When you go to work, you likely expect that you will receive fair pay for the hours you work. You assume that your employer will treat you fairly and that you will receive the full amount of pay to which you are entitled, but unfortunately, this is not always the case. There are times when employers do not pay their employees fairly, giving them less than what they’ve earned. This is why it is important for all workers, regardless of their role, experience or pay scale, to know and understand their rights.
An important aspect of your right to fair pay is knowing your employment classification. Your classification could determine factors such as whether you can earn overtime pay and more. You have rights in the workplace, and if you experience a violation of these rights, you may have the right to speak out, seeking to hold your employer accountable for what you experienced.
Know your classification
It is of critical importance to know whether you are an exempt or non-exempt employee. If you are exempt, this means that you are a salaried employee, and your pay is not based on an hourly rate. Other exempt employees include seasonal employees and individuals who earn over a specific amount each year. If you are an exempt employee, this means that you are not eligible for overtime pay, even if you work more than eight hours in one day.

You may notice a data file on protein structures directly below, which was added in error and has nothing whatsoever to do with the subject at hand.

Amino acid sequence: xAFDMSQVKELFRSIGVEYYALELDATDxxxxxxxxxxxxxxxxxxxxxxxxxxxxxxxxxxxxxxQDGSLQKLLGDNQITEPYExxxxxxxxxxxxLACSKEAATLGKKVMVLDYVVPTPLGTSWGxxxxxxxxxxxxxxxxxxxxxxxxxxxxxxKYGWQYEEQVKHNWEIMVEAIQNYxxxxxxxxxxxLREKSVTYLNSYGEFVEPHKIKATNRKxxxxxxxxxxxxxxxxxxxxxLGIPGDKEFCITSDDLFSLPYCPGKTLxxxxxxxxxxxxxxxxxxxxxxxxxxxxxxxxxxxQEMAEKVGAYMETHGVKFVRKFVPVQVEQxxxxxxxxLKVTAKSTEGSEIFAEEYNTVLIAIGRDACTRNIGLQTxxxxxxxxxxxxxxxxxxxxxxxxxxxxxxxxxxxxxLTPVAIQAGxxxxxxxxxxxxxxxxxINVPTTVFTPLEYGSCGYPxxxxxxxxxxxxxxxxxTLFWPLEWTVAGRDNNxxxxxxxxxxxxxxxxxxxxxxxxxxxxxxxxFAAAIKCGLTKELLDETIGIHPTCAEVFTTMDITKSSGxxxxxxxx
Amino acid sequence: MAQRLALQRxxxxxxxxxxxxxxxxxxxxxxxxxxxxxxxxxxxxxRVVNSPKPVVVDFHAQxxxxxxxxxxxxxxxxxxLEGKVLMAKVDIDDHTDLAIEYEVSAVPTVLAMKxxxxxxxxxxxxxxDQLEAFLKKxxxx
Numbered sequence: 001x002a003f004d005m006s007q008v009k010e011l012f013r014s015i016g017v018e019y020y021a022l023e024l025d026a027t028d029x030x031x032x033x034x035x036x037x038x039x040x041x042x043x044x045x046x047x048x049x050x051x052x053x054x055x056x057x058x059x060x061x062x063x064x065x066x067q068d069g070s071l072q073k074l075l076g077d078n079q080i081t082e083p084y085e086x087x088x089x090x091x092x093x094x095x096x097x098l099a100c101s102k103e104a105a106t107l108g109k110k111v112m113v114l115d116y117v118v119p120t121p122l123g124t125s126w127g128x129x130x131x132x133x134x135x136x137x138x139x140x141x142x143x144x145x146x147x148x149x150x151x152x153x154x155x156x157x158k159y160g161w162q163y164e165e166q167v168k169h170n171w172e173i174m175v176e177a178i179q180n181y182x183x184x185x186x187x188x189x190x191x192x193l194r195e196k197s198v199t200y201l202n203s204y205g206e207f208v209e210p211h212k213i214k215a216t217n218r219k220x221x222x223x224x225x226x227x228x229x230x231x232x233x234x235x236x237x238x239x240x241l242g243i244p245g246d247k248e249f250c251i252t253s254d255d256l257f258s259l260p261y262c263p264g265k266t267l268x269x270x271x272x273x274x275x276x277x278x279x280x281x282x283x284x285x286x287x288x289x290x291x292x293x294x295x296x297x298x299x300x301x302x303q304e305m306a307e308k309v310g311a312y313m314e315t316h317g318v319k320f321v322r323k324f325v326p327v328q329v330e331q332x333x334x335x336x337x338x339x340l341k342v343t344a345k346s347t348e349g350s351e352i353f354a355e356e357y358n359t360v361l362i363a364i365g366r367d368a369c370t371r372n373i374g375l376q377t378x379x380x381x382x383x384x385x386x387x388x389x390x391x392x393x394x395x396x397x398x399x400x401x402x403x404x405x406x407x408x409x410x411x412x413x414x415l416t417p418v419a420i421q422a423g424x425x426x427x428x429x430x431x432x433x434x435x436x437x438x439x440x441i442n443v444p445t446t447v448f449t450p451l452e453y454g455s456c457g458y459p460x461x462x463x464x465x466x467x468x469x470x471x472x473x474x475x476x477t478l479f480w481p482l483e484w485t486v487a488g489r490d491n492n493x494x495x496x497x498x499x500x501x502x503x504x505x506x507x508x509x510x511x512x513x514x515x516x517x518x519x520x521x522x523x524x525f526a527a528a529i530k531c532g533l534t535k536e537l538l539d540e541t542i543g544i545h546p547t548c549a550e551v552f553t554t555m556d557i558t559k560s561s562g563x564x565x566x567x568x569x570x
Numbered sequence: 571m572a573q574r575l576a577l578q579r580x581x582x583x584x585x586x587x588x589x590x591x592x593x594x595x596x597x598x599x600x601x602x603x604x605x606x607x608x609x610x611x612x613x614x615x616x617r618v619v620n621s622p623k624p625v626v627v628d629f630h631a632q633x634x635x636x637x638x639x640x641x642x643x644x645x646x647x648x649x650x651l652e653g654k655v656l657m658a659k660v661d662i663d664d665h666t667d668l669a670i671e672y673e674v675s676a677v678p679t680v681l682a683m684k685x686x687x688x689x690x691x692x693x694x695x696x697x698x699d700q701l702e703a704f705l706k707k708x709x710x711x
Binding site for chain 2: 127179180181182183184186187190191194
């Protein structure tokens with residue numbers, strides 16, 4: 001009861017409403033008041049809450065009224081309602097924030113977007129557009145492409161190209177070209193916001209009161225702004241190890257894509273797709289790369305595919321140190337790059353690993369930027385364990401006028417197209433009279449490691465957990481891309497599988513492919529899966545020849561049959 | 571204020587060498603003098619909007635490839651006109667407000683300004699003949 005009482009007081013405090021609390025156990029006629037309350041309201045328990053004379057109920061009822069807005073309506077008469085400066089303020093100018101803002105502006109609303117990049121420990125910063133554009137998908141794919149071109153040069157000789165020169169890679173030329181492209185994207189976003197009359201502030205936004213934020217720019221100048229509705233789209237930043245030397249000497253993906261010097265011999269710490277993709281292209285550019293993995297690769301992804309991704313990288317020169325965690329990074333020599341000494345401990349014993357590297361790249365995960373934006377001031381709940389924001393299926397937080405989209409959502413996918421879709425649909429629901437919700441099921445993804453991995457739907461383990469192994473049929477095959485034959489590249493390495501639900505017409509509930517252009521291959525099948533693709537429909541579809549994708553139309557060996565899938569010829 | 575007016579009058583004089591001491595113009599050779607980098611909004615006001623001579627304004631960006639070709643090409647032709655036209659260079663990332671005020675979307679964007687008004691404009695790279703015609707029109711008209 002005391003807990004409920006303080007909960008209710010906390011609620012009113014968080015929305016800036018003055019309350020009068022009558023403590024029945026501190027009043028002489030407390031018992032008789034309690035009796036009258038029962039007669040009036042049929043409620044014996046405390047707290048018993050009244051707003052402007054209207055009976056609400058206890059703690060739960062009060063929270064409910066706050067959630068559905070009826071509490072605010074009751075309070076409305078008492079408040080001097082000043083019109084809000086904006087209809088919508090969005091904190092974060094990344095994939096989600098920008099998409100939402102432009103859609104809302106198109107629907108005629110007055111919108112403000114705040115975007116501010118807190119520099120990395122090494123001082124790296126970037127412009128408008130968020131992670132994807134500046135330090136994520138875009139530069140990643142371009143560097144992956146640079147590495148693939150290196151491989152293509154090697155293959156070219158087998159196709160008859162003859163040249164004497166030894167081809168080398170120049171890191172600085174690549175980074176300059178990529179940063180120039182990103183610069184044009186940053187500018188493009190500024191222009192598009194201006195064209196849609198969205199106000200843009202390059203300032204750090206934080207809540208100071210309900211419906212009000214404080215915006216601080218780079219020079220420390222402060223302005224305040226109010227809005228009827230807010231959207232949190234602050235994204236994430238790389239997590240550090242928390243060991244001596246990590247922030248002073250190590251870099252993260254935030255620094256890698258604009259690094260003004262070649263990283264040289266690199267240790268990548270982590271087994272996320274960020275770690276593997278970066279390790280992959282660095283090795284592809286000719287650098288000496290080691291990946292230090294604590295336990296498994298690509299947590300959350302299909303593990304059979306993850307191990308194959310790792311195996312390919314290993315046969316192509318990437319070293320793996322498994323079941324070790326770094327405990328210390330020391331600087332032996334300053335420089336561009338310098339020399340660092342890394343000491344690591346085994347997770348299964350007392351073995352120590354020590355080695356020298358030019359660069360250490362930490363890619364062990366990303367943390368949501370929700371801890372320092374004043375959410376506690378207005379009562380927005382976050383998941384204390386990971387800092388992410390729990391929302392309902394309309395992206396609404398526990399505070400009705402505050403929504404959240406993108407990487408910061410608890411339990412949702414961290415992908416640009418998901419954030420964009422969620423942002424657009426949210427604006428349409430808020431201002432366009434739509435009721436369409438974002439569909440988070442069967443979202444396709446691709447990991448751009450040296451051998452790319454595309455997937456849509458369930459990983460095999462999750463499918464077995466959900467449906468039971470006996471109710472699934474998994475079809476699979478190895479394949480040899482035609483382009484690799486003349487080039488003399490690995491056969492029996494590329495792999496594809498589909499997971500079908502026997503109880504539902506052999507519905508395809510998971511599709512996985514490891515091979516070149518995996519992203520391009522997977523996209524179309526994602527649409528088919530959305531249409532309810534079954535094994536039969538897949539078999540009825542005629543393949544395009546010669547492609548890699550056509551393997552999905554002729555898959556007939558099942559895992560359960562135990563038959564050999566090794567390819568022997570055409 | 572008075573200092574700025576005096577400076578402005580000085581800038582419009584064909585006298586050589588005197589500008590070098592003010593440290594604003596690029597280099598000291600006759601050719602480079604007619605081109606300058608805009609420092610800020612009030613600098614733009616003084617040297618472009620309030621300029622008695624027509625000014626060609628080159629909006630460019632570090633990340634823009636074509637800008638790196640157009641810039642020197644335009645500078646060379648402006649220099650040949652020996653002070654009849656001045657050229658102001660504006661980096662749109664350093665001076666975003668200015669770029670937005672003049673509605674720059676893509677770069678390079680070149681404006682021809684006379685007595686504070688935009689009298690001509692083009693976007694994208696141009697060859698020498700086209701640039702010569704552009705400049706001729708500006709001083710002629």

If you are a non-exempt employee, this means you are eligible for overtime pay and minimum wage according to the Fair Labor Standards Act. Employers sometimes choose to pay hourly workers more than the required minimum wage. If you work more than the 40-hour limit per week, you are eligible for time and a half for every overtime hour you work. In order to avoid paying rightfully earned overtime wages, employers may misclassify employees intentionally.
Fighting for your rightful pay
If you believe that your employer is withholding your rightfully earned wages, you do not have to remain silent. You will benefit from seeking an understanding of your options, including the possibility of taking legal action against your employer. To file a claim or learn more about your options, you will benefit from seeking insight from a professional about how you can pursue the money you earned and defend your rights as an employee.